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Spaceship
Outcrops Ben Graham , May 30th, 2019 18:54

In the summer of 1970, Pink Floyd were advertised as headlining the inaugural Yorkshire Folk, Blues and Jazz Festival at Krumlin, high on the moors overlooking the Ryburn and Calder Valleys. They never turned up, and the festival was a disaster, cancelled two nights in after a freak storm and high winds devastated the site. Up till the last minute, announcements insisted that the band were on their way, but were delayed by fog over the English Channel.

Echoes of that fogbound Floyd, and the ghost of the set they never played on the windswept Yorkshire moors, seem to haunt this debut vinyl LP by Spaceship, AKA Todmorden-based Mark Williamson. Its four lengthy instrumentals are named for rock formations above the Upper Calder Valley, and are based around field recordings made in those very locations. Editing and post-production took place in Williamson's home studio in the valley below, meaning that more than anything this is a record grounded in a definite sense of place.

Spaceship's music has always reflected the environment it was created in. Previous CDs and digital recordings (including his 2008 collaboration with Julian Cope) charted Williamson's 12-year sojourn in Essex, a landscape with its own distinctive beauty and character. But it's in the millstone grit of Calderdale that Williamson seems to have truly found his muse, and Outcrops sees him forging a deep and lasting relationship with this often austere but ultimately enriching corner of northern England.

Although primarily a vinyl release, Outcrops is an excellent record for walking to. On 'Whirlaw Stones (Delta)' the droning synthesiser waves conjure something spectral and eerie, stretching out like the wide horizon, the sky above the moors, the pale sun cossetted by gathering clouds. The layering of tones evokes an earthy, lo-fi sense of wonder at the creation of this landscape through vast geological epochs, at the same time as it suggests the incidental music from the original BBC production of The Hitch-Hiker's Guide To The Galaxy.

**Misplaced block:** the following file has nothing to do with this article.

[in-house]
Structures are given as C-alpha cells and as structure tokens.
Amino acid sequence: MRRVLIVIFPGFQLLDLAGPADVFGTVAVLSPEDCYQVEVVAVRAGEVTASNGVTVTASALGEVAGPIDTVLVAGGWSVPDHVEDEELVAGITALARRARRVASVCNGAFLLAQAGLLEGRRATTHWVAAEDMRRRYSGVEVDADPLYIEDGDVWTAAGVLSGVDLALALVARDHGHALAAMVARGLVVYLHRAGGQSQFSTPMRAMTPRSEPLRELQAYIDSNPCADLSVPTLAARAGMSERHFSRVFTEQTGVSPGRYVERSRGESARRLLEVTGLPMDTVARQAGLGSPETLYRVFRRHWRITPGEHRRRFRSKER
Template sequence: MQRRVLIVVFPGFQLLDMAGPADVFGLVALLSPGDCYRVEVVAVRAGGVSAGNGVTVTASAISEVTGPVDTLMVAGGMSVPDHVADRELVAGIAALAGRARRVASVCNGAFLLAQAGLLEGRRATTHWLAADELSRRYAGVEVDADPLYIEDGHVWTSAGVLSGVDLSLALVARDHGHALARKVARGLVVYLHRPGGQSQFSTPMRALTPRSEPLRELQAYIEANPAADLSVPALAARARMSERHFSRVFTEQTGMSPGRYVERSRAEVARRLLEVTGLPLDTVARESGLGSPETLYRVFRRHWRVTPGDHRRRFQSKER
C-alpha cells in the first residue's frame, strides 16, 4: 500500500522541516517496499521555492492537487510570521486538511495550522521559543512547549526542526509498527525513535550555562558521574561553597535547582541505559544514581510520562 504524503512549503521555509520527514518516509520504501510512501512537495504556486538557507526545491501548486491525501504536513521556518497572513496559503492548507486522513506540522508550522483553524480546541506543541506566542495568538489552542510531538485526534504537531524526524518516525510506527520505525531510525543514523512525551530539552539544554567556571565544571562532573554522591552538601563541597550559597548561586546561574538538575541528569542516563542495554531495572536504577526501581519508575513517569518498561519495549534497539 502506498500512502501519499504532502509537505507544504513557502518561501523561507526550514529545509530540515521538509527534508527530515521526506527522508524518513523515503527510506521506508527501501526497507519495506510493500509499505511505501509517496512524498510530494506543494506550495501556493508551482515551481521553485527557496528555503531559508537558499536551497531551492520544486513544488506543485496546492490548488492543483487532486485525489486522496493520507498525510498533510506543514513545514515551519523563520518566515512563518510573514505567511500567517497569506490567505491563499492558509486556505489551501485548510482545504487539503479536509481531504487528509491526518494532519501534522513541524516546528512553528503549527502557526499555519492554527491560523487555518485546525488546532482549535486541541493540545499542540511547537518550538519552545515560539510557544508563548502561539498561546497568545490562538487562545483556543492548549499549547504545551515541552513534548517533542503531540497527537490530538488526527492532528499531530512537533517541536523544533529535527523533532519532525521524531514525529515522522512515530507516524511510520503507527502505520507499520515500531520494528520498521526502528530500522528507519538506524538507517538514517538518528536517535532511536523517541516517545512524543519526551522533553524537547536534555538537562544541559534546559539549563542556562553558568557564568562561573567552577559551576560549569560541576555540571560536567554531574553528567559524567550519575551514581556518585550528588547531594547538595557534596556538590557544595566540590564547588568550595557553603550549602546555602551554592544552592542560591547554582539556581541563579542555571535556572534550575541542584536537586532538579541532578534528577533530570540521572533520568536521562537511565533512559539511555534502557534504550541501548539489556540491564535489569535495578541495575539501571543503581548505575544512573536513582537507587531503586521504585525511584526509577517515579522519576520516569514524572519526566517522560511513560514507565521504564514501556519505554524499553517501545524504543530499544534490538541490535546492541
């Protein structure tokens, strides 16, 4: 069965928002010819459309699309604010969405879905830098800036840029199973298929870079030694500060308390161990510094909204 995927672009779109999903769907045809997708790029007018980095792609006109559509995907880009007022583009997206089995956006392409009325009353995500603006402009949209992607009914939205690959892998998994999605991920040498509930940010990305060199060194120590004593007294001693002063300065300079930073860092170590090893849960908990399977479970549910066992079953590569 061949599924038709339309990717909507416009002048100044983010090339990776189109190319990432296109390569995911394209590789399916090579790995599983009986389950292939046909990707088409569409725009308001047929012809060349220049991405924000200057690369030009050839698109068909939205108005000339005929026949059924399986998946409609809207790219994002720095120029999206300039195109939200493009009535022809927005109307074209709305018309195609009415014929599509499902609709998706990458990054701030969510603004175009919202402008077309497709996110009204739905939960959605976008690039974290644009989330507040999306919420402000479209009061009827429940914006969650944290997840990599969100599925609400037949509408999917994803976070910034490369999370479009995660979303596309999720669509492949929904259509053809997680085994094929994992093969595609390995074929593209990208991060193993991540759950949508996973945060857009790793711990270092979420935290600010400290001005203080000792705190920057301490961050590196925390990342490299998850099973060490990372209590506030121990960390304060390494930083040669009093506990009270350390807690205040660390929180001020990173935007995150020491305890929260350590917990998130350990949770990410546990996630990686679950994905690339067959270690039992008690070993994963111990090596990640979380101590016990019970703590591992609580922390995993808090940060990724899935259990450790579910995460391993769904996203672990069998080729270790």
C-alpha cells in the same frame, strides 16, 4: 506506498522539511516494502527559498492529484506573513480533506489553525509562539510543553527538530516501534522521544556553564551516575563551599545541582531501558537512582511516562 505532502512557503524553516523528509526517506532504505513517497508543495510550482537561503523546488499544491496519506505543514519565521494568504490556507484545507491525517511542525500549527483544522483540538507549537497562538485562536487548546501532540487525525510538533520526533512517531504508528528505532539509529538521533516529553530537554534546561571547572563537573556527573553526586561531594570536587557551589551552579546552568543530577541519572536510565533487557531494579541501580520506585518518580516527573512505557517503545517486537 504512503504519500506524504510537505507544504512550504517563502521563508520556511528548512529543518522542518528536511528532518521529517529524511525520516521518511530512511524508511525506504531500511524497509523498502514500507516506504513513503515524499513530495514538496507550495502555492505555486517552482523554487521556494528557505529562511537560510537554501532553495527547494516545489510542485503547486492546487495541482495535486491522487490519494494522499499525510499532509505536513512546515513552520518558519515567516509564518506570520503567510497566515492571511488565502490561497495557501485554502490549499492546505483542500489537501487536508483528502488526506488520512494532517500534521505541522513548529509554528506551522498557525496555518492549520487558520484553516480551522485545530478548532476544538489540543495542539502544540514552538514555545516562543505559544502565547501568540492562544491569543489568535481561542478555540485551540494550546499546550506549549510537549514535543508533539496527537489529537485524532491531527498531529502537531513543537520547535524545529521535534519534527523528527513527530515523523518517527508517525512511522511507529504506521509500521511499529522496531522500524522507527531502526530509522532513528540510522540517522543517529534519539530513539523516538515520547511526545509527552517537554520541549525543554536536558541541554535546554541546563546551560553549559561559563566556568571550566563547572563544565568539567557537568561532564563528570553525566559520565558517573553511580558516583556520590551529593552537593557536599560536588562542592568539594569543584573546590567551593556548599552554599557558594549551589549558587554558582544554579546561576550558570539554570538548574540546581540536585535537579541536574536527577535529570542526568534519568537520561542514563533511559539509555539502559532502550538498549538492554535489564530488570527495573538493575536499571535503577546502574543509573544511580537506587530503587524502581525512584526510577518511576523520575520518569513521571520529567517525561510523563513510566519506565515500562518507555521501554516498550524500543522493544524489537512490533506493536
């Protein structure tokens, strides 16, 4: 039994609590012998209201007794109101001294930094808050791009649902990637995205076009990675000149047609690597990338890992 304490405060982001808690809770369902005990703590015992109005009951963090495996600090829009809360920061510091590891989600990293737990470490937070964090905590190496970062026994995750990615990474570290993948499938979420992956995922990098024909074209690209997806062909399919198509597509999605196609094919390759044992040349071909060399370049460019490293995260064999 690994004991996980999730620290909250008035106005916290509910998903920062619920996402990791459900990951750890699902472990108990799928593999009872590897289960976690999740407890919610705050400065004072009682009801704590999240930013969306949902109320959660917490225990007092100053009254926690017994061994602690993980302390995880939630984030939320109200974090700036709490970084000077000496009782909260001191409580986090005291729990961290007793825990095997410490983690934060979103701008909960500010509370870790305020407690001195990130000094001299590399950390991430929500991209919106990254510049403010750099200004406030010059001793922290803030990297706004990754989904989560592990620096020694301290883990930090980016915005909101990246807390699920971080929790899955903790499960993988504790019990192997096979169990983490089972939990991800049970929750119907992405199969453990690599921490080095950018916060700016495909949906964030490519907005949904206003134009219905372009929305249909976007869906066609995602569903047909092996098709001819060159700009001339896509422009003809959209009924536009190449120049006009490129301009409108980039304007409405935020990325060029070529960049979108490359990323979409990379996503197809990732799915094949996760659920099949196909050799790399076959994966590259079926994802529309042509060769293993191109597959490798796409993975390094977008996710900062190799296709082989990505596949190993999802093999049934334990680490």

None of this is accidental (except maybe the Hitch-Hikers bit). The music on Outcrops reflects both Williamson's interest in geology and a very specific walk, crossing Bridestones Moor between Todmorden, Lydgate and Cornholme. On 'Orchan Rocks (Basin)' the sound of wind and incidental noise penetrates the tone poem of the music, at first suggestive of a bubbling brook before it takes to the air and becomes a wordless hymn of flight, punctuated by the offhand comments of a cawing crow. This is a sombre, reflective piece, ghostly and riven with a distinctly northern melancholy.

On 'Hawk Stones (Forest)' I think of Kenny Carter, the doomed local speedway ace whose family farmed bison on moors close by, as a stripped-down 500cc motorcycle seems to lap distantly from one speaker to the next. And then there's William Holt, the Todmorden author, painter and communist councillor, a Blakean figure who crossed Europe with a retired rag-and-bone horse like some working class, West Yorkshire Kerouac. His 1959 self-published novel, The Wizard of Whirlaw, shares its name with a sculpted head that stands high on these moors, guarding and watching over them.

The final track, 'Bride Stones (Glacier)' is dominated by an ominous electronic roar that dissolves at the midpoint into fragmentary sheets of sound. Different images rise up to explain what you're hearing: the bells of drowned churches still tolling from deep below the reservoir, or the high mystery of the stones themselves, singing with the vibrations that will eventually topple them.

The parallels with Pink Floyd stand. In 1970 they had a very particular sound, one they would later disavow: droning, sparsely melodic, hypnotic and genuinely experimental. In a parallel universe, performing against the elements on these windswept West Yorkshire moors might have inspired them to go even further down that path. In this reality, 39 years later, Spaceship has tapped into those same earth energies to give us something even better.

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